Trump’s Tax Puzzle: Piecing Together the New Tax Plan

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Trump announced his updated tax plan last week, which seems perfectly reasonable overambitious. Simply put, the goal is to slash taxes (both corporate and personal), but there’s no clear mention of how it all will be paid for. It’s like trying to put together a puzzle without having all the pieces – the picture on the outside of the box looks great, but we’re missing a lot of pieces to get us there.

The new tax plan is like trying to put together a puzzle without all the pieces

We don’t yet have all the details, so that calls for a bit of speculation, but let’s work with what we’ve got and dive into the components of the new plan:

Personal Tax Rates

Key objective – Reduce the number of individual tax brackets down from seven to three (10%, 25%, 35%), effectively lowering the top bracket from 39.6% to 35%. This is different from Trump’s original tax plan proposed during the election, where he wanted to change the number of brackets from seven to four (0%, 10%, 20%, and 25%).

Missing piece of the puzzle – No income levels assigned to the new brackets.

Standard Deduction

Key objective – Double the standard deduction for all filers. Click here to see current standard deduction amounts.

Missing piece of the puzzle – Trump originally proposed getting rid of the Head of Household status, which has a higher standard deduction than “Single” filers. Is that still a part of Trump’s plan?

Itemized Deductions

Key objective – Eliminate itemized deductions, except for mortgage interest and charitable contributions. That means if you have any significant medical expenses, have state & local tax payments (state & city withholdings, real estate taxes paid, etc.), have any unreimbursed employee expenses, home office deductions, or any other miscellaneous itemized deductions, you would no longer be able to deduct them.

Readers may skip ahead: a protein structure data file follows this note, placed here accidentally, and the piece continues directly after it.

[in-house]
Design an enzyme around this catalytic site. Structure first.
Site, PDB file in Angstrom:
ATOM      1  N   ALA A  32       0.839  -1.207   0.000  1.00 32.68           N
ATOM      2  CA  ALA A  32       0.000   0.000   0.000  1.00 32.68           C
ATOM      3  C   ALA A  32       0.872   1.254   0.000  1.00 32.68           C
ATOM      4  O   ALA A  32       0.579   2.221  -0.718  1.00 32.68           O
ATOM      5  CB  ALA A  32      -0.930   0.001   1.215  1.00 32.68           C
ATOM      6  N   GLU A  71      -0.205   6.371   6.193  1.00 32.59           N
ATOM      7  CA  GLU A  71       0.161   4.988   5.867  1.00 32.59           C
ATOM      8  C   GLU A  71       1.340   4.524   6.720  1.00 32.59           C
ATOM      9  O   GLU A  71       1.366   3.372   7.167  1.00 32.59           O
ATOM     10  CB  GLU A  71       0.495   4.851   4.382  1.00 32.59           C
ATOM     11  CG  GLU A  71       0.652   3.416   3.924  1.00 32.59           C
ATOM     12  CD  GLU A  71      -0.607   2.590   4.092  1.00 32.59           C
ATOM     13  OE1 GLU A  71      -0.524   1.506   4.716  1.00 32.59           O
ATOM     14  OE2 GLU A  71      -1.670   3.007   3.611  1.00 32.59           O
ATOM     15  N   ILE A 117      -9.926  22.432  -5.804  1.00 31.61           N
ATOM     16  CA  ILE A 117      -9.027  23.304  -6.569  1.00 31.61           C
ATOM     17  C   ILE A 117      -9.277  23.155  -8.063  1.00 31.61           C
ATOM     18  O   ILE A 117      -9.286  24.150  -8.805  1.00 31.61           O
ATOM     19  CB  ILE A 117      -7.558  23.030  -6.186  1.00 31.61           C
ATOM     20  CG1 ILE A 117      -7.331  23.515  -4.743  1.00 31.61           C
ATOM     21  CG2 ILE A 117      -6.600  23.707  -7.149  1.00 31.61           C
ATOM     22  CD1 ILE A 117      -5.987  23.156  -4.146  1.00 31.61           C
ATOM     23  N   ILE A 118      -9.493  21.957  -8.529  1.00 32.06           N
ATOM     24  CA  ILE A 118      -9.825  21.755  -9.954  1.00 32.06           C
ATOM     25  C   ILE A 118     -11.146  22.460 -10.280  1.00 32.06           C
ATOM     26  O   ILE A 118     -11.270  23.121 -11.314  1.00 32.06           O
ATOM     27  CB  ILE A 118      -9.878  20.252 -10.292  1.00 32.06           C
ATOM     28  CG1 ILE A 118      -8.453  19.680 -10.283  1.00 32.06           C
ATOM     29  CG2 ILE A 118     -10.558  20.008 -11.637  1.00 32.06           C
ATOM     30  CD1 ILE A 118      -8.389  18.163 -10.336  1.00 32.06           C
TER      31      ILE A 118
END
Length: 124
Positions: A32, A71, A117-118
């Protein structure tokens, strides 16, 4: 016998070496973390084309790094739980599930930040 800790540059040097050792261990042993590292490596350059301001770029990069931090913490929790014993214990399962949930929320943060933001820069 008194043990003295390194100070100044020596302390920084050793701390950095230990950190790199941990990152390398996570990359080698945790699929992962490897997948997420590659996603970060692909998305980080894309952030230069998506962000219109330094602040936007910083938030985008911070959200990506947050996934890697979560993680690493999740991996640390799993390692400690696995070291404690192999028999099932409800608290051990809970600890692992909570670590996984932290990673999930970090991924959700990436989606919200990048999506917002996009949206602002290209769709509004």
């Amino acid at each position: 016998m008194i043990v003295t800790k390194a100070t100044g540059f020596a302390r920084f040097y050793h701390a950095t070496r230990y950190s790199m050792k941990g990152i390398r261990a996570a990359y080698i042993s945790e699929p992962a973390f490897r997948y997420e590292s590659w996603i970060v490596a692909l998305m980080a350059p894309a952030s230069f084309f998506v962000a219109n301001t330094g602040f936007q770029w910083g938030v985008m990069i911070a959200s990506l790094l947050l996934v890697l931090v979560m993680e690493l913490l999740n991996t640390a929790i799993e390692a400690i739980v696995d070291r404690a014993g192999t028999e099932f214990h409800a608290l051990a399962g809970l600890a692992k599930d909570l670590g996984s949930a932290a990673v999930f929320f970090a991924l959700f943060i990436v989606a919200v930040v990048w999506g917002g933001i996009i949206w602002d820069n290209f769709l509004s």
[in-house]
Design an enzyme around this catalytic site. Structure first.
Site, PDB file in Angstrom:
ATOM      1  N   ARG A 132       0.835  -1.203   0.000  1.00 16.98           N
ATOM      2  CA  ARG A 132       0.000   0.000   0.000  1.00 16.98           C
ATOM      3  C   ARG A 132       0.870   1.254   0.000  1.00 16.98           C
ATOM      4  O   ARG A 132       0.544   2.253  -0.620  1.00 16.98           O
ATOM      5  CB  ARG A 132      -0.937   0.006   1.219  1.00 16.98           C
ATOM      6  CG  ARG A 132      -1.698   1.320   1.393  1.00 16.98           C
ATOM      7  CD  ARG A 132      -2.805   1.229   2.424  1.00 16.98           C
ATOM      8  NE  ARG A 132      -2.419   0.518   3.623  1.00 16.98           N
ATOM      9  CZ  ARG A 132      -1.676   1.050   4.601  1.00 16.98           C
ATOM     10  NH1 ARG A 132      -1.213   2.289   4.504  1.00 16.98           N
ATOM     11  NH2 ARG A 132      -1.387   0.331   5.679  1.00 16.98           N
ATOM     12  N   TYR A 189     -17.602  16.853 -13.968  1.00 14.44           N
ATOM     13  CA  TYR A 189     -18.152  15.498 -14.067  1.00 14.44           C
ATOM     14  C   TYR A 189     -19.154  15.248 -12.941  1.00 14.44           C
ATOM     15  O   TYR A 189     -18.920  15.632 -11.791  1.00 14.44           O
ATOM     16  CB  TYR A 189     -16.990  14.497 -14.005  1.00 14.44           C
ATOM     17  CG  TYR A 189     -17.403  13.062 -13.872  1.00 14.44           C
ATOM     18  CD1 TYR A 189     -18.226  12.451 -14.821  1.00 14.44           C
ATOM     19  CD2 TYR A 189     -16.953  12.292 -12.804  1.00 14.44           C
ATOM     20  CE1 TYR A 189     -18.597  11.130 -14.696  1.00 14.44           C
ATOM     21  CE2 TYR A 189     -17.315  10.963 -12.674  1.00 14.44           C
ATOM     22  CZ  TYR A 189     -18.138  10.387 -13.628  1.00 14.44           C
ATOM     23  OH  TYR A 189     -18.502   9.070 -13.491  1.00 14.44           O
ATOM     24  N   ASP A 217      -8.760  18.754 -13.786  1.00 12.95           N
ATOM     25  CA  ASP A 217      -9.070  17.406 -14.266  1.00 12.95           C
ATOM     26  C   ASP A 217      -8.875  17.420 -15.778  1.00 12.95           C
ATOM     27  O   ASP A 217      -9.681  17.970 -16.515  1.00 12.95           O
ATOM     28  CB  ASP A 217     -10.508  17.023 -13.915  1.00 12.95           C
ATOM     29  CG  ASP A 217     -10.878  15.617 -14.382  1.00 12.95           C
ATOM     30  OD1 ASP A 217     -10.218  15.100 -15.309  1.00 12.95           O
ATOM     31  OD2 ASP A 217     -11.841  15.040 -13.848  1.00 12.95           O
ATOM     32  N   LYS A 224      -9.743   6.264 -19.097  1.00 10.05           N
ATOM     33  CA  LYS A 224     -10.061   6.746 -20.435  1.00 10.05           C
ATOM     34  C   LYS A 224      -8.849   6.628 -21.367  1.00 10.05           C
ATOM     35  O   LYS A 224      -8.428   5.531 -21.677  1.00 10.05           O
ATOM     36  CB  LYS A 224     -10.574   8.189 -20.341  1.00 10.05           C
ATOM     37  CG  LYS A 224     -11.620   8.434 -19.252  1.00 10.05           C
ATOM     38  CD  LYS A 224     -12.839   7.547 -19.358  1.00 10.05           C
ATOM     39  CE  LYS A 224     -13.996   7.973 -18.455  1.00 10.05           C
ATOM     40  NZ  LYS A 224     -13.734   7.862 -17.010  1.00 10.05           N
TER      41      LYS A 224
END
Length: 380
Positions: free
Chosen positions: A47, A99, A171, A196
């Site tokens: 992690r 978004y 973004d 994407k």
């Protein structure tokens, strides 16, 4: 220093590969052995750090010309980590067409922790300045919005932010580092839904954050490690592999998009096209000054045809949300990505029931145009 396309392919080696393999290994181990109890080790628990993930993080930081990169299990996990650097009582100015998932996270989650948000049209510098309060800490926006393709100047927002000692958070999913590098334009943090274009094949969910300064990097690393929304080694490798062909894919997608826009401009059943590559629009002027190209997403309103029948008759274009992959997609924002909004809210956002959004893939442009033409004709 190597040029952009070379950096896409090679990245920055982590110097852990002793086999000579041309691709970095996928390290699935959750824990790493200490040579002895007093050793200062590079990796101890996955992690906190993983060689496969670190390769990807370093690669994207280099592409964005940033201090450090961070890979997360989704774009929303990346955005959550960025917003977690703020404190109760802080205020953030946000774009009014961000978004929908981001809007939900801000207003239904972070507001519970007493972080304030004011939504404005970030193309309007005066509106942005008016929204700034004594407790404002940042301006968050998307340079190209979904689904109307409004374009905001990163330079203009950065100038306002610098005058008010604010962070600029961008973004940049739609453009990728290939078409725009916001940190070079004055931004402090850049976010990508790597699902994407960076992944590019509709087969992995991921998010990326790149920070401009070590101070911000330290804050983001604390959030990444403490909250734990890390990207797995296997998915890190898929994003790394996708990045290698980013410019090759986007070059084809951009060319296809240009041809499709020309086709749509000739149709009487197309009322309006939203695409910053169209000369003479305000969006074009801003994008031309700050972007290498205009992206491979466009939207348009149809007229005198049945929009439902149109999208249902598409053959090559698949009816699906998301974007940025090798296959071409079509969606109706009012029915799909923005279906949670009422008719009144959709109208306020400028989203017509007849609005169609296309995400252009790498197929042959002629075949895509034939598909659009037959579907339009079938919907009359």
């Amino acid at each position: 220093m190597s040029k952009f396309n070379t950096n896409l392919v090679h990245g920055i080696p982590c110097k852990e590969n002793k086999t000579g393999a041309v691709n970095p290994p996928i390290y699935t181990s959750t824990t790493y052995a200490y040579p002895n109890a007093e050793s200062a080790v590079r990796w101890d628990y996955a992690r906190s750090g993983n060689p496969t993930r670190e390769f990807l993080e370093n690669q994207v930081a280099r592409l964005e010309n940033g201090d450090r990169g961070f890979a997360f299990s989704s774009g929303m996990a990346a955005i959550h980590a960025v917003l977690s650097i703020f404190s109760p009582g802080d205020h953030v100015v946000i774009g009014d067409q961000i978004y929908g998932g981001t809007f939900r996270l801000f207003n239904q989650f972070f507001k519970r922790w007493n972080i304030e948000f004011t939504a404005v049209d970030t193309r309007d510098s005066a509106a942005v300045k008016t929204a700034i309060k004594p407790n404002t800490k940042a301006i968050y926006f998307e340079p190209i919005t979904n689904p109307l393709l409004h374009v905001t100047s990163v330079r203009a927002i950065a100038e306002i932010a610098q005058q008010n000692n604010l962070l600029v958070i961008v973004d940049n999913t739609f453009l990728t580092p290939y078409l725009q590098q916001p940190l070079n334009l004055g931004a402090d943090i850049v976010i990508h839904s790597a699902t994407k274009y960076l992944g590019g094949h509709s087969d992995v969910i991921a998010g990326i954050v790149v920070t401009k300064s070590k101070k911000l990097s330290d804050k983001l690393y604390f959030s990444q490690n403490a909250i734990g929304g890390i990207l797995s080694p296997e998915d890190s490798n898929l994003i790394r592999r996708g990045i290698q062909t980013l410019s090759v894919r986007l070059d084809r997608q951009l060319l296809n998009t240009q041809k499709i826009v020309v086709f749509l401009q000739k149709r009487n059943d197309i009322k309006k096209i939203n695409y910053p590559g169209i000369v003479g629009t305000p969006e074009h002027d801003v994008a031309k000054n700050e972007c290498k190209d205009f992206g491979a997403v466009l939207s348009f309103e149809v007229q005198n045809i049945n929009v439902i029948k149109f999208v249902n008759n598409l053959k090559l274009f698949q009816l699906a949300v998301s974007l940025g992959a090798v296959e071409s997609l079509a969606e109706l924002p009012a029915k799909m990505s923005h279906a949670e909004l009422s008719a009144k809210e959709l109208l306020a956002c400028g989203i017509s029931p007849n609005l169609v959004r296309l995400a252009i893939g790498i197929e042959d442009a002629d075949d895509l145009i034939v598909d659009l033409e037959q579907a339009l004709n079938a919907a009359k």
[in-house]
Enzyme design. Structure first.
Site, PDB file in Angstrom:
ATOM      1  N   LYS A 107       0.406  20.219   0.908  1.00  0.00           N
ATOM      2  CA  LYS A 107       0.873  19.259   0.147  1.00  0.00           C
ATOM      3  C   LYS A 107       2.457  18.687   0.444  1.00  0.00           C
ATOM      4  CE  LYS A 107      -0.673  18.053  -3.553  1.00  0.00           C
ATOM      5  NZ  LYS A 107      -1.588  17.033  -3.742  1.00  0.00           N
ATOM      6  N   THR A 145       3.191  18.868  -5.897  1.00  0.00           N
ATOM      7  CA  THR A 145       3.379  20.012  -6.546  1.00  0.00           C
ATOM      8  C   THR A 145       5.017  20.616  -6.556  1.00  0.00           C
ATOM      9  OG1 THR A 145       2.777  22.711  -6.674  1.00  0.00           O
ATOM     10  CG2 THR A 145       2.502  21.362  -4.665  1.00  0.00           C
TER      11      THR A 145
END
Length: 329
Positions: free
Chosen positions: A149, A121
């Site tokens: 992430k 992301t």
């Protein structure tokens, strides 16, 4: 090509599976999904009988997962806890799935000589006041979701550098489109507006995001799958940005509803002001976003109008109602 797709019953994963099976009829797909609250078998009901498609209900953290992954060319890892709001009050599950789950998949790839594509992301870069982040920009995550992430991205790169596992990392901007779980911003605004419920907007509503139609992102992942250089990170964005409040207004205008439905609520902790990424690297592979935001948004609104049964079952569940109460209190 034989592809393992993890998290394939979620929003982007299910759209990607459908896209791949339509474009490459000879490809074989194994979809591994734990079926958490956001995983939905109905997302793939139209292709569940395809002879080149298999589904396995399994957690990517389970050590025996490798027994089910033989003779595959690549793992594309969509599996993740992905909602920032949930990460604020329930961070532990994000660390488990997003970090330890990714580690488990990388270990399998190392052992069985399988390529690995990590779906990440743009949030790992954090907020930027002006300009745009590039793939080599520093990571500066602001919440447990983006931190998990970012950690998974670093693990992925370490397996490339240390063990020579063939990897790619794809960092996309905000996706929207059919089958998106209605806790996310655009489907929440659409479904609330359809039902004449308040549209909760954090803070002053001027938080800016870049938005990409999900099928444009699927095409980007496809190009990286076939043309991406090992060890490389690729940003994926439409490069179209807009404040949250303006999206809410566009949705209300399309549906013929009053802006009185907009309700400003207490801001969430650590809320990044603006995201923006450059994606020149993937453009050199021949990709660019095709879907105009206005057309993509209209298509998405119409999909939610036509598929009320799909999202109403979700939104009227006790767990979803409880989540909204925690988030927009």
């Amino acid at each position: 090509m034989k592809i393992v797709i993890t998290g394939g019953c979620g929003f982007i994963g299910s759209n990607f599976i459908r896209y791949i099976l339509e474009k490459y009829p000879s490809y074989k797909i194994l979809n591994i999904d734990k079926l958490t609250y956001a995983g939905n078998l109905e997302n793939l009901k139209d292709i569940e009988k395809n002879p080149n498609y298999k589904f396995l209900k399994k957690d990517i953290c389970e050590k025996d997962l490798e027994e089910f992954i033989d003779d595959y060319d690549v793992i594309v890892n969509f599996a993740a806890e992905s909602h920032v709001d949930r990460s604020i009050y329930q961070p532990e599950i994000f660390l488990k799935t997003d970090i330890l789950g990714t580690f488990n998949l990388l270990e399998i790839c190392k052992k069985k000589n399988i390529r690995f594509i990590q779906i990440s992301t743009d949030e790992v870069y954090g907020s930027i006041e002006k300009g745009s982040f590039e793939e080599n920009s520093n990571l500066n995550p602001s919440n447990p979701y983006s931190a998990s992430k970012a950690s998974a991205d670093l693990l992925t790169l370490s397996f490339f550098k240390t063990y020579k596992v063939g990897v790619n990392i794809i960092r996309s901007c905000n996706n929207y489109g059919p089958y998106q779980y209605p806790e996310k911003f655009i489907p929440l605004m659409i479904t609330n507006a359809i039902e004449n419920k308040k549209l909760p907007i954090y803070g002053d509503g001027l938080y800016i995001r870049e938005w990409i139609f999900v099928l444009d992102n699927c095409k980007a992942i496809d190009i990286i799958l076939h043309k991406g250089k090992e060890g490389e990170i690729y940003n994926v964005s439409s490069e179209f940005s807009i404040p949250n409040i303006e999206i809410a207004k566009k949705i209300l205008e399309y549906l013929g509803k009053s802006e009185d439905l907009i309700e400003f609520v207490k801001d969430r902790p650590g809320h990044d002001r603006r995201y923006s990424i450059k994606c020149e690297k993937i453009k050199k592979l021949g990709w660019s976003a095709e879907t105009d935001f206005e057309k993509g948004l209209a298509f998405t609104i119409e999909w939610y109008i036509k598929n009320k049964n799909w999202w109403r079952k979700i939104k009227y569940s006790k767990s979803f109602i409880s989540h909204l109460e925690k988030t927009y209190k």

This especially hurts residents of New York (specifically NYC), New Jersey, Connecticut, and California as these are among the highest taxed states.

Missing piece of the puzzle – In order to itemize your deductions under the current structure, your itemized deductions (mainly items listed in the above paragraph) must exceed your standard deduction.

If there are only two itemized deductions under this new plan, will the total of those deductions have to exceed the new, doubled standard deduction to get the benefit? Will it be added to the standard deduction? Will a percentage be allowed?

Alternative Minimum Tax (AMT)

Key objective – Repeal the AMT. The AMT is an additional tax on mainly the wealthy that basically says, “Hey, you make this much and reduced your taxable income based on your deductions, but we’re going to add those deductions back to your taxable income and tax you based on what we think you should pay.” I’m pretty sure that’s an exact quote from the Tax Code.

Click here to learn a little more about the AMT and see how much it cost Trump in 2005. Can you blame him for wanting to get rid of it?

Missing piece of the puzzle – This one is pretty cut and dry; consider this component of the plan a corner piece.

Net Investment Income Tax (NIIT)

Key objective – Eliminate the NIIT. The NIIT is the 3.8% surtax on investment income (interest, dividends, capital gains, pass-through income, etc.) put into place by Obamacare.

Missing piece of the puzzle – This is another straightforward component with (presumably) nothing missing; now we have two corners to our puzzle.

Corporate Tax Rate

Live look at the Trump administration right now